During this time, Brandon began tutoring students at a nearby private high school. Soon he transitioned to Snow College, where he became a Student Coordinator for their Service Learning Center. 

“This position connected me back to what I was involved in as an undergrad in terms of service,” Brandon said, describing his role in organizing alternative spring break programs and leadership retreats for students.

Brandon’s story came full circle when he returned to the University of Utah as a professional, working within the International Center and utilizing his experience abroad to advise international students about visa matters and U.S. culture and customs.

Around this time, Brandon reconnected with a college classmate, his soon-to-be wife, with whom he was coincidentally paired as the University of Utah’s Homecoming King and Queen one year.

The newlyweds soon moved to Michigan, where Brandon began working on educational efforts for the National Energy Foundation and his wife started her internal medicine-pediatrics residency at U-M. 

Within two years, Brandon joined the U-M School of Education as a master’s student, initially interested in integrating education and public policy. However, he recalls taking a joint SI and Education class, which sparked his interest in information. This led him to pursue a dual master’s in Education and Information, a three-year program in which Brandon is currently finishing up his second year. 

During his first year as an MSI student, Brandon was a fellow for UMSI’s Global Information Engagement Program (GIEP). As part of an interdisciplinary team of students in social work, education and information, Brandon spent his winter semester developing an online learning environment for the Center for Internet & Society, and he spent the following summer testing their prototype in Bangalore, India.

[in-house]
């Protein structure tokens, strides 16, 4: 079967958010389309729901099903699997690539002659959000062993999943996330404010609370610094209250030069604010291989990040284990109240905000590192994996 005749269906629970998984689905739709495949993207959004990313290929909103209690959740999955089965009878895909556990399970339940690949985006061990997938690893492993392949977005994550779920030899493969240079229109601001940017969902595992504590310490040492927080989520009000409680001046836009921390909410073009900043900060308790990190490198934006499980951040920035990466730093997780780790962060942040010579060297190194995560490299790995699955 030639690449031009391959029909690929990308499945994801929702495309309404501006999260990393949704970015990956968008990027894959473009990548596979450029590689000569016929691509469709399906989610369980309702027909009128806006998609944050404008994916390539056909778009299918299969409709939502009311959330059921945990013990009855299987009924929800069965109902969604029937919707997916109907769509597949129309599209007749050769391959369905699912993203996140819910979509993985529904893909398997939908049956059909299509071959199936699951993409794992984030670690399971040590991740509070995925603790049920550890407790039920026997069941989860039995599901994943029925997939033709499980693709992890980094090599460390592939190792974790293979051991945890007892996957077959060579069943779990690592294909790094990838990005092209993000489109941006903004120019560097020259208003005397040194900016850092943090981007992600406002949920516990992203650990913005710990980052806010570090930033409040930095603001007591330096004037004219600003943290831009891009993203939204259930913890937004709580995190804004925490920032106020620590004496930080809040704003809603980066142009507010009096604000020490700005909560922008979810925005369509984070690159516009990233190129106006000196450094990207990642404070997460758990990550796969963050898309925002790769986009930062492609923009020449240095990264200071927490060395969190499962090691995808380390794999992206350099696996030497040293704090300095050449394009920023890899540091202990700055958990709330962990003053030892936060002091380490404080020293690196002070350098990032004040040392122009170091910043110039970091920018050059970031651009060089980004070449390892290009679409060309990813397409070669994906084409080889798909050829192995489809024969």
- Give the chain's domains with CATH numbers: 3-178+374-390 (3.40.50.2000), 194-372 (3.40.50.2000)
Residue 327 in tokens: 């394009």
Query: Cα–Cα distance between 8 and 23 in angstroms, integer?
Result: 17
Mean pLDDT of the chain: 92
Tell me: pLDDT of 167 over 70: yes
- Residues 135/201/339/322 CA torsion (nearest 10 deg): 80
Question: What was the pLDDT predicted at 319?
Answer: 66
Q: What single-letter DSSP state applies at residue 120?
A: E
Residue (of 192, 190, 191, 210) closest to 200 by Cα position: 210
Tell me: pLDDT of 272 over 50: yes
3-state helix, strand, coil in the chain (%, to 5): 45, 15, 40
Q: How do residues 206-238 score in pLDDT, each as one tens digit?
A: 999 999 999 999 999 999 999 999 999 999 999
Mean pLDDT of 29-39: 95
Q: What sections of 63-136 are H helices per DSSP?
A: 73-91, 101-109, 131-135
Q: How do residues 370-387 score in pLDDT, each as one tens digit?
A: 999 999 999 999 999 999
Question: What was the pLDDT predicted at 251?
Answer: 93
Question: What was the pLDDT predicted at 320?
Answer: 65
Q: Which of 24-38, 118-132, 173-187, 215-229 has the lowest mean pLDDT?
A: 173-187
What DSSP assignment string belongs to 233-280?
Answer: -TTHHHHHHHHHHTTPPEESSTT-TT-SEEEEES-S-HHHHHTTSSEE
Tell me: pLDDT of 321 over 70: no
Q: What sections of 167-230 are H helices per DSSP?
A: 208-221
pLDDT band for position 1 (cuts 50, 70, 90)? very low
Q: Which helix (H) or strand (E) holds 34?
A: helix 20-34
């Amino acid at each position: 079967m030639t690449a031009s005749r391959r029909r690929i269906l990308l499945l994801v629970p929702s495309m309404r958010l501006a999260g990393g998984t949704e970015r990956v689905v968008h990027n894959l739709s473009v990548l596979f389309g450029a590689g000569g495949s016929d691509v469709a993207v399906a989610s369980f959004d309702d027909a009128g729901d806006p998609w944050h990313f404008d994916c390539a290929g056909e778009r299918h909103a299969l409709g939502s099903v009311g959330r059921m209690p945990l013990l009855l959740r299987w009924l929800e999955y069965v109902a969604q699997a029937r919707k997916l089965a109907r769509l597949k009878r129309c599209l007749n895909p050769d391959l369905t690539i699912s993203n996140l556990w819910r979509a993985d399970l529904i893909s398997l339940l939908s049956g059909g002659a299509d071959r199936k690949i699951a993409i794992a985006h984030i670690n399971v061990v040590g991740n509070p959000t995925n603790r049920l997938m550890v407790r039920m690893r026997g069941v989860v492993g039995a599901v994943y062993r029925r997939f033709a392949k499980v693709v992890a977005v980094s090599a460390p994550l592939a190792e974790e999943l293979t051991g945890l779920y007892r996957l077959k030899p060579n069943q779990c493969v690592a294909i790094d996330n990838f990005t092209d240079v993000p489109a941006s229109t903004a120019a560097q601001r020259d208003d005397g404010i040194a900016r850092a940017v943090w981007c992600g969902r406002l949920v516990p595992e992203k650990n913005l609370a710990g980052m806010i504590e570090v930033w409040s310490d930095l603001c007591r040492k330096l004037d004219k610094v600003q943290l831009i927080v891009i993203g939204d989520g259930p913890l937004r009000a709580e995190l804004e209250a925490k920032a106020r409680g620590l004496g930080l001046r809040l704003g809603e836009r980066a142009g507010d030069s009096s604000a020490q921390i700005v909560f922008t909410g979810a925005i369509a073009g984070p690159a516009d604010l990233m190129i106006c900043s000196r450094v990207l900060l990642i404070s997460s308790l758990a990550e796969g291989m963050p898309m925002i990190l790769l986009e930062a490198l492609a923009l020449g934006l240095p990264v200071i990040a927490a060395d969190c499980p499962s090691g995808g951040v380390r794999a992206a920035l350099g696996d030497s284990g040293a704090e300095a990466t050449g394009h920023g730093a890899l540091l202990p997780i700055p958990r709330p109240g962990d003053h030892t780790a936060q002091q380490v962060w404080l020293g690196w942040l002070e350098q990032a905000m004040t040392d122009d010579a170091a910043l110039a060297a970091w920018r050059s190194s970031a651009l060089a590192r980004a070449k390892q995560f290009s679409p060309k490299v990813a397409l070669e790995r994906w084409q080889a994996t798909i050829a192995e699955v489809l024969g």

“We called it ‘Edu-kitchen,’” Brandon says, describing a learning environment that would allow students in India – who are strongly urged to pursue the more prestigious STEM fields – to investigate fields of interest outside their own. “The whole idea was that if you know your way around a kitchen, you can be very flexible in picking ingredients – meaning you don’t necessarily have to go from step A, to step B, to step C. We wanted to apply this whole idea of being flexible toward learning.”

Now a second-year MSI student, Brandon is involved in two internships outside of school. He works with the School of Social Work’s Office of Global Activities, where he is helping students organize international social work projects and advising students on international travel. He has contributed to the website project Resilient Traveling which helps students develop travel resiliency (i.e., the ability to cope with difficult situations abroad).

He also interns with the U-M Library on their MPortfolio Initiative, which helps students build online portfolios to market themselves to potential employers and to document their learning for personal development.

“I think what’s great about Michigan is that it attracts people who are very passionate, so you see people extending themselves to all these areas that they’re passionate about,” Brandon says. 

“It’s a great way to practice what you want to do. Part of why I’m doing the international piece and the portfolio/electronic learning piece is that I want to find ways in which I can incorporate both of these into a career. Finding ways to work with that international experience, and encompassing that in an online environment – that’s very interesting to me, and it’s knowledge that I am able to extract from my internships.”

Brandon serves on the student advisory board for the Digital Education and Innovation Office, which approves all Coursera and other MOOC (massive open online) courses that come out of U-M. Additionally, he is an officer for the Learning and Education Technology Student (LETSi) group and a member of the UMSI Leadership Series.